Gordon Brown's Budget leaves construction unscathed
The construction industry broadly welcomed Gordon Brown's Budget – primarily because of measures it didn't contain.

Fears that investment in schools, hospitals and other public facilities would be cut proved unfounded. Instead Brown upped borrowing to £27bn to cover the shortfall in public finances caused by his overoptimistic economic growth forecasts.

Tax and public expenditure remained practically untouched. "A standstill budget," is how Construction Industry Council chief executive Graham Watts described it. This Budget was largely bereft of tax increases because Brown had already raised National Insurance contributions last year for both companies and their employees.

Not surprisingly, industry chiefs welcomed Brown's commitment to public expenditure. Chief executive of the Construction Products Association Michael Ankers hailed Brown's "firm stance on public expenditure", while the National Federation of Builders' chief executive Barry Stephens welcomed the chancellor's commitment to sustained investment in public services."

There were even a few sweeteners for construction firms. The expansion of the work permit eligibility in construction, which will enable more skilled immigrants to come to Britain, was welcomed by the CIC.

The government also extended the capital allowance on IT and communication technology in a bid to encourage innovation. This move was applauded by the National Federation of Builders, which also appreciated Brown's measures to tackle red tape. These included making more small companies eligible for less onerous accounting and reporting arrangements.

Brown also announced that he would invite experts from the CBI and Institute of Directors to look at removing unnecessary bureaucracy. The CIC approved of the initiative but said that views of experts from across the construction industry should also be sought.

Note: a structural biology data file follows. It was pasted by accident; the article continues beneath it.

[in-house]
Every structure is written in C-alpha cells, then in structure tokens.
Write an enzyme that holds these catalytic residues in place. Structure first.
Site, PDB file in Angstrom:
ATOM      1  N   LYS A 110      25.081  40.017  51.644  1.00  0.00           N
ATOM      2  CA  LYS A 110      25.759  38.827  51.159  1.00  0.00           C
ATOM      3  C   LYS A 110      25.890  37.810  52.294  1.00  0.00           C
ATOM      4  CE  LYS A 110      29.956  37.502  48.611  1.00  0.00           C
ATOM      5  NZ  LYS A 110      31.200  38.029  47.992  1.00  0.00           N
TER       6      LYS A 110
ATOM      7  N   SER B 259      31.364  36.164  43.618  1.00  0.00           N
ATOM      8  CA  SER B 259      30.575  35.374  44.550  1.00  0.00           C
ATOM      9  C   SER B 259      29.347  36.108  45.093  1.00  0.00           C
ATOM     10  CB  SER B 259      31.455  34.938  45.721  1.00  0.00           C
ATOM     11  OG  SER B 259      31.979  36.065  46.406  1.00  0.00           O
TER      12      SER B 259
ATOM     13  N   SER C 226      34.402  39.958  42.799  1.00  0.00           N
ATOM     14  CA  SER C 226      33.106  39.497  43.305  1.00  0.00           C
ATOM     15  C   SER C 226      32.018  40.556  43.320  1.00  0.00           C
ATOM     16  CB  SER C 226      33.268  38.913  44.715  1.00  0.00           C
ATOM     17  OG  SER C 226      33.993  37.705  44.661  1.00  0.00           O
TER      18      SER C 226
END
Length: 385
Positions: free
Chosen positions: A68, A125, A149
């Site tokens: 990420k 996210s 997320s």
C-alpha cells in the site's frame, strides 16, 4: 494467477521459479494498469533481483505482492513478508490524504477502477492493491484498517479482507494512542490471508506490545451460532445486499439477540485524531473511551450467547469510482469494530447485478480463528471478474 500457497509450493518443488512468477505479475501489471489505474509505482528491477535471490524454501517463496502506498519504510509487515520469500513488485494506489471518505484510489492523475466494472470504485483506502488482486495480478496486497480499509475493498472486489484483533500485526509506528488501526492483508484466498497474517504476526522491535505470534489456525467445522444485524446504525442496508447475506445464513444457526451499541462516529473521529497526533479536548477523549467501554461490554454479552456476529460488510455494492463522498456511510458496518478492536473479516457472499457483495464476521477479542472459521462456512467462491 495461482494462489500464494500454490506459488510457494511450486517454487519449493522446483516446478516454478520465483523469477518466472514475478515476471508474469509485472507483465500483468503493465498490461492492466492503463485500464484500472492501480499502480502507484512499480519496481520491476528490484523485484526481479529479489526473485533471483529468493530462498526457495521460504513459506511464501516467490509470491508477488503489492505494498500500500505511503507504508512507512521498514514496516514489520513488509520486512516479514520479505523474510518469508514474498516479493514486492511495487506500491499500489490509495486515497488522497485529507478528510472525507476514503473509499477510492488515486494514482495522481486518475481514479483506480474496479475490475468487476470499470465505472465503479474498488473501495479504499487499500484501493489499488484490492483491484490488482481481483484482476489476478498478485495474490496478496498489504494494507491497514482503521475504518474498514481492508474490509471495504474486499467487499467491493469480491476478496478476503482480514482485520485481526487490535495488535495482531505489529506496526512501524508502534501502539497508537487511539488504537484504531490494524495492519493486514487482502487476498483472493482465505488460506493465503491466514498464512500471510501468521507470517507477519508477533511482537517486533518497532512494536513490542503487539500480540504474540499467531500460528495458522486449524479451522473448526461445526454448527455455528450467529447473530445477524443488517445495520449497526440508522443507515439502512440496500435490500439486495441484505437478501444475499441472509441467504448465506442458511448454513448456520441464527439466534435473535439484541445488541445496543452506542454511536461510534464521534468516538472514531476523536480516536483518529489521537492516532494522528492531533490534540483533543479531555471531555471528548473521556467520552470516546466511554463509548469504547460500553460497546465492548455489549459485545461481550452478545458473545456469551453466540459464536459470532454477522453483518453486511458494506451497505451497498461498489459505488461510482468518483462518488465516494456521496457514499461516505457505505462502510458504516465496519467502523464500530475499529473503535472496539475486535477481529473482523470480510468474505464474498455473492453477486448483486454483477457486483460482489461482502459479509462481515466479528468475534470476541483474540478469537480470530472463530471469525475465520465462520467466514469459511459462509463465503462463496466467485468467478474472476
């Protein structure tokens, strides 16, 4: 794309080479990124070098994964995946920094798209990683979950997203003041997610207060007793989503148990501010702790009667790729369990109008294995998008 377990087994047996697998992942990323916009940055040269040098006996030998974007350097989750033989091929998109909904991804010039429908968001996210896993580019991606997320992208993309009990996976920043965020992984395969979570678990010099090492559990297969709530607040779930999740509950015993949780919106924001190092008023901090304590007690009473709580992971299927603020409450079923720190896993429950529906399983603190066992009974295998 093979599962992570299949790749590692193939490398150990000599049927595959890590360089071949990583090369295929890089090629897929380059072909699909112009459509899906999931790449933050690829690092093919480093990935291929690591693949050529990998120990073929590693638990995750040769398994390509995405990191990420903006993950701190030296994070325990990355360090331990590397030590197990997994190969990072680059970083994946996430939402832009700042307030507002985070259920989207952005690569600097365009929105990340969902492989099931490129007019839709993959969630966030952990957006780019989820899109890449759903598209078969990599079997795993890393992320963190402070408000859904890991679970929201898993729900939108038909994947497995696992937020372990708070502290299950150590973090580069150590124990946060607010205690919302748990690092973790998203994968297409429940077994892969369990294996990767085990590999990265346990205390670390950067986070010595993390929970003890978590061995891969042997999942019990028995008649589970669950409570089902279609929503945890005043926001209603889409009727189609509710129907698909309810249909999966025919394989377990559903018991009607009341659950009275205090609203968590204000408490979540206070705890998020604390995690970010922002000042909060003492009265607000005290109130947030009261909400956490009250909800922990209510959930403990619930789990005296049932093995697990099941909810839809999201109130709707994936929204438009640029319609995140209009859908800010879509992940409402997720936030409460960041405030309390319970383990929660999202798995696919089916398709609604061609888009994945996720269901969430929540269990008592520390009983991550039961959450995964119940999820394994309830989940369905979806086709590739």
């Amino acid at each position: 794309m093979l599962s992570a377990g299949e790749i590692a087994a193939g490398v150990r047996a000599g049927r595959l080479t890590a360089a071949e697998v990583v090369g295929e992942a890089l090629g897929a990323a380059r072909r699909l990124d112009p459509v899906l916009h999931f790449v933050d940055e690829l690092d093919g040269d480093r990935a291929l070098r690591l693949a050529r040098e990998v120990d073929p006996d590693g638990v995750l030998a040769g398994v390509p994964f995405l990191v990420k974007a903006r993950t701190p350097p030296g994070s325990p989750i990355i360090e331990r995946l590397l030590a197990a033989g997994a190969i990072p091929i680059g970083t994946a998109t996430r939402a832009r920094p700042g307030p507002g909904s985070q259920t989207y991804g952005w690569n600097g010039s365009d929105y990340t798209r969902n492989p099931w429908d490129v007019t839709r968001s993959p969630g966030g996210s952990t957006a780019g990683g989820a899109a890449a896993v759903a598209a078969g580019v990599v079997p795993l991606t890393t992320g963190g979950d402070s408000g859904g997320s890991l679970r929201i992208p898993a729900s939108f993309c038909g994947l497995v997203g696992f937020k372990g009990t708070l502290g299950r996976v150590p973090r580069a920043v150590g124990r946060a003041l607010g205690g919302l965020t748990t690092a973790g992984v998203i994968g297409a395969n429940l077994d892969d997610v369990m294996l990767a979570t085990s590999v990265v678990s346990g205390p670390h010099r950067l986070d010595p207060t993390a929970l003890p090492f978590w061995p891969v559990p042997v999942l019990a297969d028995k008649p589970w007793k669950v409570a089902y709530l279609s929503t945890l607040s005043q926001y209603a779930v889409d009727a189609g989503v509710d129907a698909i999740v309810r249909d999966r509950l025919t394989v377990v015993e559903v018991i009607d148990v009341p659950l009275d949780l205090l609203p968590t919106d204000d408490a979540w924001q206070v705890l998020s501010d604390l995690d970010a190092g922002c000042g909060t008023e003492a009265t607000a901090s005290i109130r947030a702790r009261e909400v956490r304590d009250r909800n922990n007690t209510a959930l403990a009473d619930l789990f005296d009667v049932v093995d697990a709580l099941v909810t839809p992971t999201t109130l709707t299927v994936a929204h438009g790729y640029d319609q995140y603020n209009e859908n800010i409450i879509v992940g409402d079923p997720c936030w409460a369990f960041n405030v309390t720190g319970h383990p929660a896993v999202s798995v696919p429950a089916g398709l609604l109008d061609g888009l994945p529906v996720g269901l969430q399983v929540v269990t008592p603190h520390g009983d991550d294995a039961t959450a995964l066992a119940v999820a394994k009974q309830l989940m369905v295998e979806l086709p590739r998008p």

A proposed report on reducing barriers to increased housing supply was also announced by Brown, who said that he would tackle intransigent planners. In the meantime, Brown warned that John Prescott would call in proposed major housing developments if they failed to provide enough homes. He also threatened to introduce binding plans for local planning authorities to increase certainty in the housing market.

The announcement pleased the House Builders Federation, which said that more planning consents would increase the supply of housing and make prices more affordable, reducing the need for publicly subsidised housing.

There were some omissions according to some construction groups. The CPA and NFB were both upset that Brown has once again failed to reduce VAT on either repair maintenance and improvement activity. The NFB's Stephens called it a "missed opportunity" in tackling the shortage of affordable homes and the on-going problem of rogue traders.

Generally, though, this was a benign budget, and the construction industry can count on an expanding public building sector for at least another year. Whether that will be the case in the medium term remains to be seen. This will depend on whether Brown's optimistic economic growth forecasts of over 3% a year are a figment of his imagination or grounded in reality.